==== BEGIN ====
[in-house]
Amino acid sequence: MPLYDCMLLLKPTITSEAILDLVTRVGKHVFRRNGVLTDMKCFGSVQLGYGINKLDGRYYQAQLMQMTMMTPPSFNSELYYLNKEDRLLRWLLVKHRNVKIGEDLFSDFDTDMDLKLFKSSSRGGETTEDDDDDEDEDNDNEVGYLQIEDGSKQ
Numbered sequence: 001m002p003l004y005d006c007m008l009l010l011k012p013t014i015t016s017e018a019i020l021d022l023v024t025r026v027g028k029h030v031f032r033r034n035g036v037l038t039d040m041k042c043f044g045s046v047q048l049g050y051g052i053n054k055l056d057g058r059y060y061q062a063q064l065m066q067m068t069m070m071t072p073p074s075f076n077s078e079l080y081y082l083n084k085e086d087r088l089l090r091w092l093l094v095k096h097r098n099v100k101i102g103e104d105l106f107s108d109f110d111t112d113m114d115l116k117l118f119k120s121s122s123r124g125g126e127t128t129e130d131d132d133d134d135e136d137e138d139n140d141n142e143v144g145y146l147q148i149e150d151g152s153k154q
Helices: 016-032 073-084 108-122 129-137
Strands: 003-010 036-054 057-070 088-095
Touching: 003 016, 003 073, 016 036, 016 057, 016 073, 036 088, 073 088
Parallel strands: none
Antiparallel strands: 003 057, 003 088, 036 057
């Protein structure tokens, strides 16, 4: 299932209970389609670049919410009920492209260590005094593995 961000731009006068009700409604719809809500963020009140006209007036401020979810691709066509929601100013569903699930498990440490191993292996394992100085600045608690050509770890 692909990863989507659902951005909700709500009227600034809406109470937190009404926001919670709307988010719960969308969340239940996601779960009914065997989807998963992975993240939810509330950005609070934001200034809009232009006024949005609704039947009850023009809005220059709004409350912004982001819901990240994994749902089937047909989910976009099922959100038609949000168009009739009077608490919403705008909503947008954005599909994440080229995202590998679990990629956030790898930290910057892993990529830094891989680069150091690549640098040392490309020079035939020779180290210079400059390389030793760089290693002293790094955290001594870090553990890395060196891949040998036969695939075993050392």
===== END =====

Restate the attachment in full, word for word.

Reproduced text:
[in-house]
Amino acid sequence: MPLYDCMLLLKPTITSEAILDLVTRVGKHVFRRNGVLTDMKCFGSVQLGYGINKLDGRYYQAQLMQMTMMTPPSFNSELYYLNKEDRLLRWLLVKHRNVKIGEDLFSDFDTDMDLKLFKSSSRGGETTEDDDDDEDEDNDNEVGYLQIEDGSKQ
Numbered sequence: 001m002p003l004y005d006c007m008l009l010l011k012p013t014i015t016s017e018a019i020l021d022l023v024t025r026v027g028k029h030v031f032r033r034n035g036v037l038t039d040m041k042c043f044g045s046v047q048l049g050y051g052i053n054k055l056d057g058r059y060y061q062a063q064l065m066q067m068t069m070m071t072p073p074s075f076n077s078e079l080y081y082l083n084k085e086d087r088l089l090r091w092l093l094v095k096h097r098n099v100k101i102g103e104d105l106f107s108d109f110d111t112d113m114d115l116k117l118f119k120s121s122s123r124g125g126e127t128t129e130d131d132d133d134d135e136d137e138d139n140d141n142e143v144g145y146l147q148i149e150d151g152s153k154q
Helices: 016-032 073-084 108-122 129-137
Strands: 003-010 036-054 057-070 088-095
Touching: 003 016, 003 073, 016 036, 016 057, 016 073, 036 088, 073 088
Parallel strands: none
Antiparallel strands: 003 057, 003 088, 036 057
């Protein structure tokens, strides 16, 4: 299932209970389609670049919410009920492209260590005094593995 961000731009006068009700409604719809809500963020009140006209007036401020979810691709066509929601100013569903699930498990440490191993292996394992100085600045608690050509770890 692909990863989507659902951005909700709500009227600034809406109470937190009404926001919670709307988010719960969308969340239940996601779960009914065997989807998963992975993240939810509330950005609070934001200034809009232009006024949005609704039947009850023009809005220059709004409350912004982001819901990240994994749902089937047909989910976009099922959100038609949000168009009739009077608490919403705008909503947008954005599909994440080229995202590998679990990629956030790898930290910057892993990529830094891989680069150091690549640098040392490309020079035939020779180290210079400059390389030793760089290693002293790094955290001594870090553990890395060196891949040998036969695939075993050392």